ARMY OF PERSONNEL

NBC will have its 17th Super Bowl telecast this Sunday. The network has dated back to coverage of the first game, and this will be its first title game since Super Bowl XLIII. Approximately 185 to 200 network people will get the game on the air, but the entire NBC crew is much larger.

INDIANAPOLIS – An influx of approximately 150,000 visitors is due in Indianapolis for Super Bowl XLVI.

There will be more than 5,000 media credentials issued for the championship event, and a large number will go to NBC to support personnel who will originate broadcasts from Indianapolis prior to Super Sunday.

NBC's Super Bowl coverage dates back to Super Bowl I, when it and CBS televised the game from the Memorial Coliseum in Los Angeles.  This Sunday will mark NBC's 17th Super Bowl.

Play-by-play voice Al Michaels will be calling his eighth Super Bowl, his second with NBC.  Analyst Cris Collinsworth will be making his second Super Bowl appearance behind the microphone.  Producing the telecast will be Fred Gaudelli.  A 23-year veteran NFL producer with ESPN, ABC and NBC, Gaudelli will be a part of his fourth Super Bowl broadcast.  It will be the network's first such telecast since Super Bowl XLIII.

Gaudelli will oversee a credentialed NBC game staff of 185 to 200 personnel.  There is planned game coverage by 31 to 32 cameras in Lucas Oil Stadium.  There will be a mounted camera on a downtown skyscraper for establishing shots of the city, as well as a camera mounted on the stadium catwalk.

Gaudelli is a veteran of previous Colts telecasts and considers Lucas Oil Stadium one of the nation's premier venues.

"From a television perspective, it just has a lot of neat features," said Gaudelli.  "Obviously, the retractable roof won't be in operation on Super Bowl Sunday, but I love it.  I think it's tremendous.  I love the big glass windows that give you the view of downtown.  I think every seat in the house is fantastic.  The camera angles and the sight lines are exactly what you want from a television perspective."

Gaudelli says the Comcast acquisition of NBC last year will allow for more coverage platforms in addition to the game.  From the purchase came cable assets that joined NBC's established lineup.  Expected to originate shows from Indianapolis this week are the Golf Channel, NBC Sport Network, the Today Show, Jimmy Fallon Show, segments of NBC Nightly News and CNBC.  A total credential count to accommodate the army of personnel is between 500 and 750 NBC employees.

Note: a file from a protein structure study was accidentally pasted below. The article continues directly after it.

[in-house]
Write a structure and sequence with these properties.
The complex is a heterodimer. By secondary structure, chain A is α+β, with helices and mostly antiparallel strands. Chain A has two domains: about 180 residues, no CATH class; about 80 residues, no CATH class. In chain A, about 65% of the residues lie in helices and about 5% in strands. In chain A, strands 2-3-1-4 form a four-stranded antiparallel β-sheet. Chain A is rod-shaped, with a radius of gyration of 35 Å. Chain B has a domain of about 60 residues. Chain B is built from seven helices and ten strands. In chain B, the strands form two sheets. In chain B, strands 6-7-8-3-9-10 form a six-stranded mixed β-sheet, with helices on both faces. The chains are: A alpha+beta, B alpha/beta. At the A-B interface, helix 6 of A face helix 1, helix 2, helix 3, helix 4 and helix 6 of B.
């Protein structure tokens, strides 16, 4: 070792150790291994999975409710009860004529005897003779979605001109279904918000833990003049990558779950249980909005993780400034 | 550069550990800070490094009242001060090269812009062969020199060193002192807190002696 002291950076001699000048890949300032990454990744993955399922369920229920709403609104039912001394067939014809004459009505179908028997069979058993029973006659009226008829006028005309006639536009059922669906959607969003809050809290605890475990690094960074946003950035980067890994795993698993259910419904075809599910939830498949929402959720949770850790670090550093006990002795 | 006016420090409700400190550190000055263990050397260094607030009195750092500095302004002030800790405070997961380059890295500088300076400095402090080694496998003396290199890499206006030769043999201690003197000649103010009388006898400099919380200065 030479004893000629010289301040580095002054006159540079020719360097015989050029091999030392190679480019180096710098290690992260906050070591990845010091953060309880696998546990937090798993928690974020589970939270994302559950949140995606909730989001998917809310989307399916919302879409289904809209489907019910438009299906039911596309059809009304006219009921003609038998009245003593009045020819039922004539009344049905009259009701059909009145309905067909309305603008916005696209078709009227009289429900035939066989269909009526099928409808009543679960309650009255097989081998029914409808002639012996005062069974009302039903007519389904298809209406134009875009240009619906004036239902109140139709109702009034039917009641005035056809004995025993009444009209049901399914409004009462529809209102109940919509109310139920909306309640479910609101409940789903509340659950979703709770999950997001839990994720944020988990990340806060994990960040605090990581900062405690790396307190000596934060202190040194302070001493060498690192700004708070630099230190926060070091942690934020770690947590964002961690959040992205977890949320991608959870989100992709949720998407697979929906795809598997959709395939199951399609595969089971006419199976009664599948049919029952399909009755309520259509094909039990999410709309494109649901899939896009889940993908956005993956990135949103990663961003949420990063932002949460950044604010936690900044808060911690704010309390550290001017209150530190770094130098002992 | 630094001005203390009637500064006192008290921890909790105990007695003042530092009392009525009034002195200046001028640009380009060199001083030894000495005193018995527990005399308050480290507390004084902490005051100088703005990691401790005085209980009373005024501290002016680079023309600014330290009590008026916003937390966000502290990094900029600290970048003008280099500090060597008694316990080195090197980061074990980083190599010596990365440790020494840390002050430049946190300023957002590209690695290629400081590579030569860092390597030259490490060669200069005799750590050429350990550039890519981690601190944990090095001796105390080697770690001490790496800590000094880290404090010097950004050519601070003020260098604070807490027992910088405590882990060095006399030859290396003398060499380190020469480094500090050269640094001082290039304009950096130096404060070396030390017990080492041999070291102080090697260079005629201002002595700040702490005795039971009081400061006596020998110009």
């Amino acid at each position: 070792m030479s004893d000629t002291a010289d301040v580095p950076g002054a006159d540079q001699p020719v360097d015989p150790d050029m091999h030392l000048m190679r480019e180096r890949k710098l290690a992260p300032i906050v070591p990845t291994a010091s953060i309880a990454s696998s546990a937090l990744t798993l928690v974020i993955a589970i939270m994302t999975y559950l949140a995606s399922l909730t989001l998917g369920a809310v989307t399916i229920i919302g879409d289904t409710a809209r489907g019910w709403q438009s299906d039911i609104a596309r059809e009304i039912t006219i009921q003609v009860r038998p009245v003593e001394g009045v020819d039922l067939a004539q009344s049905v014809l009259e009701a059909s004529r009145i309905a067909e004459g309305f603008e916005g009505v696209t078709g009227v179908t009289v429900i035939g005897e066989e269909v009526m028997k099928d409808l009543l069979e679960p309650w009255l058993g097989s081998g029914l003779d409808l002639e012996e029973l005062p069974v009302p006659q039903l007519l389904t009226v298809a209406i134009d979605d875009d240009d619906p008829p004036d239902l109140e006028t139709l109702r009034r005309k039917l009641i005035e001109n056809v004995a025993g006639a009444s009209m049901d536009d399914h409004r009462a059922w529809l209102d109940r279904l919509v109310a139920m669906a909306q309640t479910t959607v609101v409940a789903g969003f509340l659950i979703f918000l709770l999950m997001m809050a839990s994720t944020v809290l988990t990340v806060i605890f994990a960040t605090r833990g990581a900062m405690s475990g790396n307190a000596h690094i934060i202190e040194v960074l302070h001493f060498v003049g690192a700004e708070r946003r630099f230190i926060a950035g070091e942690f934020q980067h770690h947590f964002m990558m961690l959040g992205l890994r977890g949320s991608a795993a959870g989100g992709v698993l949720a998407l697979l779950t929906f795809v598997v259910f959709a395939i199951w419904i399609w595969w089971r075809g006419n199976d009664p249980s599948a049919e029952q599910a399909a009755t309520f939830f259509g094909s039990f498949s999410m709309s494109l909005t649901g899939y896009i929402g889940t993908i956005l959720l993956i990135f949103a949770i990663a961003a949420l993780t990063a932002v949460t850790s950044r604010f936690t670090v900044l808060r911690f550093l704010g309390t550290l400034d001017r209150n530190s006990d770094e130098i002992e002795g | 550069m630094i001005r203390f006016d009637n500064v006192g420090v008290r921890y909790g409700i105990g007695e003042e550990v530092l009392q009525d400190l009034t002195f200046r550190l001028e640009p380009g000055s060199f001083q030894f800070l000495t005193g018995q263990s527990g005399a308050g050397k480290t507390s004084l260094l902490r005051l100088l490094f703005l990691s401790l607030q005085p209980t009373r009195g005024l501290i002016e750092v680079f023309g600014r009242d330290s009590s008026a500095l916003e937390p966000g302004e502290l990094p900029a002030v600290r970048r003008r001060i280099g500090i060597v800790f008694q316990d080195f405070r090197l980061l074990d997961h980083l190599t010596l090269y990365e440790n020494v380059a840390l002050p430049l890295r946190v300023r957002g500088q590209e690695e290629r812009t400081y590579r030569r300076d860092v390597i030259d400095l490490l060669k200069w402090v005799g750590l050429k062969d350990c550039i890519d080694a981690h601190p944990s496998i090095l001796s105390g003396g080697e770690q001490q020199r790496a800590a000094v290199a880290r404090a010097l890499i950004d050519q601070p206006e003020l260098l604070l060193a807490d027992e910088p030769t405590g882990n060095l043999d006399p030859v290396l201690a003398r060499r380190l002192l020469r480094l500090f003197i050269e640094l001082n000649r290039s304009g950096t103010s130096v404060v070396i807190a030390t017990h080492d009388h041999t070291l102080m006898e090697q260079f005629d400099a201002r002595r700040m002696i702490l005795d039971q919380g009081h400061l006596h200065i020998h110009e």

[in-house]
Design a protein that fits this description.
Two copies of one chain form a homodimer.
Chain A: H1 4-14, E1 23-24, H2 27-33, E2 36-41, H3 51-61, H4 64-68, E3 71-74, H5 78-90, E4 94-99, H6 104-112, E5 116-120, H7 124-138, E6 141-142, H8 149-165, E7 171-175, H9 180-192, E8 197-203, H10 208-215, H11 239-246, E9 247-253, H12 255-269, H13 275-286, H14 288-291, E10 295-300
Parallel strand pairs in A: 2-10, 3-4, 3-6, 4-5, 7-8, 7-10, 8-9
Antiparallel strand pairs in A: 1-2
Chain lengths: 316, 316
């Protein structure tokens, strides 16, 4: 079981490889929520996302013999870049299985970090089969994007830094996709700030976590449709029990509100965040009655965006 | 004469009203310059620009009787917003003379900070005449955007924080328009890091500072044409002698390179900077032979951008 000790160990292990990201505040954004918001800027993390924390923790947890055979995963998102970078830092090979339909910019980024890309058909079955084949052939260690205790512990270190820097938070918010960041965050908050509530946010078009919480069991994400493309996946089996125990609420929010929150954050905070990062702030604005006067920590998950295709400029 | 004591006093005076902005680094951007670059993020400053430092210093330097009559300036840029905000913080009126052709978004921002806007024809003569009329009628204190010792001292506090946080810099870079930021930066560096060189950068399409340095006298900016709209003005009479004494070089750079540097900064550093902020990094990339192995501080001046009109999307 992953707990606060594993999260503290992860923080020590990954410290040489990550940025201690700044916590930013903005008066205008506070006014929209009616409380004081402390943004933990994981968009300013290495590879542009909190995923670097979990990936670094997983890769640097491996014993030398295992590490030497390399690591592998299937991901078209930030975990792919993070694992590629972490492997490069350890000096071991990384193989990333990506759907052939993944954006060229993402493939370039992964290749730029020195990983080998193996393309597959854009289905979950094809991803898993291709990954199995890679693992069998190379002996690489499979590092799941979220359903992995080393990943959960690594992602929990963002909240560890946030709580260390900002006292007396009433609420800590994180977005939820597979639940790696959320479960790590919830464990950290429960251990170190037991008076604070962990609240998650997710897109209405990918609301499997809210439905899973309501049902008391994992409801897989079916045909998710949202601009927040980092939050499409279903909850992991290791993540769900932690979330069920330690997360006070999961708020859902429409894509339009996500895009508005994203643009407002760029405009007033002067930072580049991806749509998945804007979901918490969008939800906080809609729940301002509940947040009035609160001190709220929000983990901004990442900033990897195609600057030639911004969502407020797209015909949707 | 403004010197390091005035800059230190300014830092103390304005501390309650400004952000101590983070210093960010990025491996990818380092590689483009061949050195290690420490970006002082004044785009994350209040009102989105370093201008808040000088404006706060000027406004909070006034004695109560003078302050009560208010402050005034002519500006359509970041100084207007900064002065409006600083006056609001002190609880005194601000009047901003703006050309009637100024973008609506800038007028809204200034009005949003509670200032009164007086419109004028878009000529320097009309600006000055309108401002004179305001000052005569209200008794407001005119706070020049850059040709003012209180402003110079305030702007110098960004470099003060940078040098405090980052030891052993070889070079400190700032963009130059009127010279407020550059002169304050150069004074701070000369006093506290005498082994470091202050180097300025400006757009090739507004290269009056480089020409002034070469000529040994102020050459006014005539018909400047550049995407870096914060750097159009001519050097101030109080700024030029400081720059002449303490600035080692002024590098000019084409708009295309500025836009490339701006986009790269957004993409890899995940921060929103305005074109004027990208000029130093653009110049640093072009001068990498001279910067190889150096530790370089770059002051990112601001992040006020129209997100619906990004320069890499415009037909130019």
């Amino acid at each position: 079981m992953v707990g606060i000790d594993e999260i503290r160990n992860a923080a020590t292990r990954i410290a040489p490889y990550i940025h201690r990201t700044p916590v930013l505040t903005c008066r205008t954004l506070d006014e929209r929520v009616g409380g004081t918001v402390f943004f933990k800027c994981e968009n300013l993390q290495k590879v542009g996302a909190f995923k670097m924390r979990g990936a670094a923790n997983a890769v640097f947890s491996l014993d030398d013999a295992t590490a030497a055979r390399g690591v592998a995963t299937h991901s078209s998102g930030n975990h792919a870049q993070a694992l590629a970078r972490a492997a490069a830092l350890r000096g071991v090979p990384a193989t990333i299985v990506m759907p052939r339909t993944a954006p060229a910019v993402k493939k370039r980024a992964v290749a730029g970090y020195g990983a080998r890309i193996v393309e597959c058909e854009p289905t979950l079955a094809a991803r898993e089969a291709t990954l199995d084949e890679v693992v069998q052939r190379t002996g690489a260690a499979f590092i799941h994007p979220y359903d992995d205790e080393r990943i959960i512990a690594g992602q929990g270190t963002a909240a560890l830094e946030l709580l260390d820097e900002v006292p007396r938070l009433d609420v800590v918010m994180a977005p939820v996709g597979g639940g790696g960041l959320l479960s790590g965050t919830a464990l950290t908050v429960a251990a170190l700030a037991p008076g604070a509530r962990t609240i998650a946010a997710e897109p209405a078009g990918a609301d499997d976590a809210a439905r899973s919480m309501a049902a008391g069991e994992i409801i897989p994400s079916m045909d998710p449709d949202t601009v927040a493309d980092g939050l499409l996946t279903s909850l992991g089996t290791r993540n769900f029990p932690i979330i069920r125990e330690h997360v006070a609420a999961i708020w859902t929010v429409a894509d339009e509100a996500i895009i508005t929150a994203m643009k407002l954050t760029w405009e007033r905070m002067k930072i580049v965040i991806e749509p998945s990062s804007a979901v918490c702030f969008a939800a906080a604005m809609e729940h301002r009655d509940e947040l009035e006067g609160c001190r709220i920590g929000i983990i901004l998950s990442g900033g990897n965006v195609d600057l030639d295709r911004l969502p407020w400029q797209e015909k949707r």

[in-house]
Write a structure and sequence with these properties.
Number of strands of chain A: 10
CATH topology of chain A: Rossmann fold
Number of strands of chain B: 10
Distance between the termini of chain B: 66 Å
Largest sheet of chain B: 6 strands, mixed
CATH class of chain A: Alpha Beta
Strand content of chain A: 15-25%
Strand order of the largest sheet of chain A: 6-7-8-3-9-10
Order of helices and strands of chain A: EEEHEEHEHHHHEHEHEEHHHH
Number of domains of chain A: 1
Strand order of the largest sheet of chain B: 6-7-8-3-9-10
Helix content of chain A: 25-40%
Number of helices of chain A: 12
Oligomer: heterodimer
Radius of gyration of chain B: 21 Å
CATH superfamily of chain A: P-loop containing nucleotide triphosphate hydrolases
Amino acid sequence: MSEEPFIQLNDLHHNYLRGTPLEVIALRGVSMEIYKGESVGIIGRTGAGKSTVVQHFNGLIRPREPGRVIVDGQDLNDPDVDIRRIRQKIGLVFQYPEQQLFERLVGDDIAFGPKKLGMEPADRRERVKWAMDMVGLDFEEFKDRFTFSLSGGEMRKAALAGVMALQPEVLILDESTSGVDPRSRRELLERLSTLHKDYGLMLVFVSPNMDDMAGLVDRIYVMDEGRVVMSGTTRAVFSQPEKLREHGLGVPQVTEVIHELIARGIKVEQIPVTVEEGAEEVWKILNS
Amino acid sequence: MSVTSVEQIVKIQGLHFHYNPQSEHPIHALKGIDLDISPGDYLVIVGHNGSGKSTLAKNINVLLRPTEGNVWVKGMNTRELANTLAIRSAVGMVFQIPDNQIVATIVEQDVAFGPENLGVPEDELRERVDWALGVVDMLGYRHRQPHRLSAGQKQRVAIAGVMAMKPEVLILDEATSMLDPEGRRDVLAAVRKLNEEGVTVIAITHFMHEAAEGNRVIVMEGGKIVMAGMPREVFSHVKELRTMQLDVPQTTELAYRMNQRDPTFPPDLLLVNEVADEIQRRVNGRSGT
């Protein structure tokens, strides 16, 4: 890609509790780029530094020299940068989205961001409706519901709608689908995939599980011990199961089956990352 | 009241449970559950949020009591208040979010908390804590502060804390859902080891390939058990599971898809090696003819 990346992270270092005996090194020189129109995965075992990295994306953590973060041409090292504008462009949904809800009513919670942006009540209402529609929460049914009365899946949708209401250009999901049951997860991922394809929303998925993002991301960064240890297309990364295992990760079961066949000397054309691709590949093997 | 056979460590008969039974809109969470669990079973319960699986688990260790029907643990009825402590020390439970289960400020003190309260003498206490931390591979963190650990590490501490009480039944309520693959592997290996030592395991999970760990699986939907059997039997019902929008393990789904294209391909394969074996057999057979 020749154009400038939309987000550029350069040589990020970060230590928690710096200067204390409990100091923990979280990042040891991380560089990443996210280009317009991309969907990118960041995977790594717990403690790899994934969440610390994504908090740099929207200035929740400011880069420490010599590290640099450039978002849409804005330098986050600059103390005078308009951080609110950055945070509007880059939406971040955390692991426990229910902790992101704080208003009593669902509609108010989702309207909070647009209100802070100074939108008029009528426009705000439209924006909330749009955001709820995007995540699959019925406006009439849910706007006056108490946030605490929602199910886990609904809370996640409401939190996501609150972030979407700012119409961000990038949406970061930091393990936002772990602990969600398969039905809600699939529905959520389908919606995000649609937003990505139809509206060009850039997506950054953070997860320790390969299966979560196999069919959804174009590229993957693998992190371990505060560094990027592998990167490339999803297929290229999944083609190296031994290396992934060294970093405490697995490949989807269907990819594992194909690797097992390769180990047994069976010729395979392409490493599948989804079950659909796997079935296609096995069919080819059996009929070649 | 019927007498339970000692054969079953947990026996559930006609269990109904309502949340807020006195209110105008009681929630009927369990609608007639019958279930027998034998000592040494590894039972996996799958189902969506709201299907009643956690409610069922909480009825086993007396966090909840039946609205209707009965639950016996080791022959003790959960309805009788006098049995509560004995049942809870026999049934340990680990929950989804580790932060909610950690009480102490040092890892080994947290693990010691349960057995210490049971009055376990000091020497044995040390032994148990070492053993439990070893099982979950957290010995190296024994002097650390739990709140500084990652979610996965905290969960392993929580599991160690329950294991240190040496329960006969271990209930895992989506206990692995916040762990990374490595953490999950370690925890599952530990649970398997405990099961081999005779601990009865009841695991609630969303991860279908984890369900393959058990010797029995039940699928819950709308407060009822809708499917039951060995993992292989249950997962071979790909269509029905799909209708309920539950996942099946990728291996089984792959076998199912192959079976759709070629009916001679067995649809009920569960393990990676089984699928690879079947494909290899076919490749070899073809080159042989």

Gaudelli started at ESPN in 1982.  He joined ABC Sports after his ESPN stint, then joined NBC when the network obtained the NFL's Sunday Night package.  As he has grown up in the business, Gaudelli has seen the Super Bowl mushroom.

"When I first started at ESPN, the Super Bowl was a big deal," said Gaudelli.  "Even back then, it was the premier television event of the year, there was no question about that.  It's grown leaps and bounds beyond that.  It's an American holiday that everybody celebrates.  Even if you're a football fan for one day of the year, this is that day you're that football fan.

"The NFL is incredible because every time you think it can't get bigger, it gets bigger.  If you look at the ratings, this is the only product that has grown on a continual basis in the last decade.  Everyone else has audience erosion, and this thing (the NFL) keeps getting bigger and bigger, and the ratings go up and up.  Every time you think, 'Well, it can't get bigger than it is right now,' somehow it finds a way.  It's interesting to see what happens in the future, but I wouldn't bet against it."

Last year's game reached 162.9 million viewers who saw all or part of the game.  The previous year, Super Bowl XLIV featuring the Colts and New Orleans, had 153.4 million viewers.  That was the first program that out-drew the viewership total of the last episode of MAS*H in 1983.

Gaudelli says the event stands on its own, regardless of participants or the market sizes of the competing teams.  He is excited about Sunday's possibilities.

"I would say the event is so big that it is not beholden to having teams from two major cities, but the fact you do probably gives you a better chance to have a record-setting rating," said Gaudelli.  "The last Super Bowl NBC did was Pittsburgh-Arizona.  Pittsburgh is a small market and Arizona was a market that never really factored in but that day with the game so great (competitively) and the Super Bowl being what it is, at that time that was the most people that ever had watched a TV show in America.  That right there proves how big this game is.  When you put the New York and Boston markets in there (this year), I think you have a chance to do even better.

"The last three years, the record has been broken for the highest-rated and most-watched show in America.  Starting with Super Bowl XLVII, every year has been a record-setting year.  If we have a competitive game, it could be the fourth straight year the record falls."

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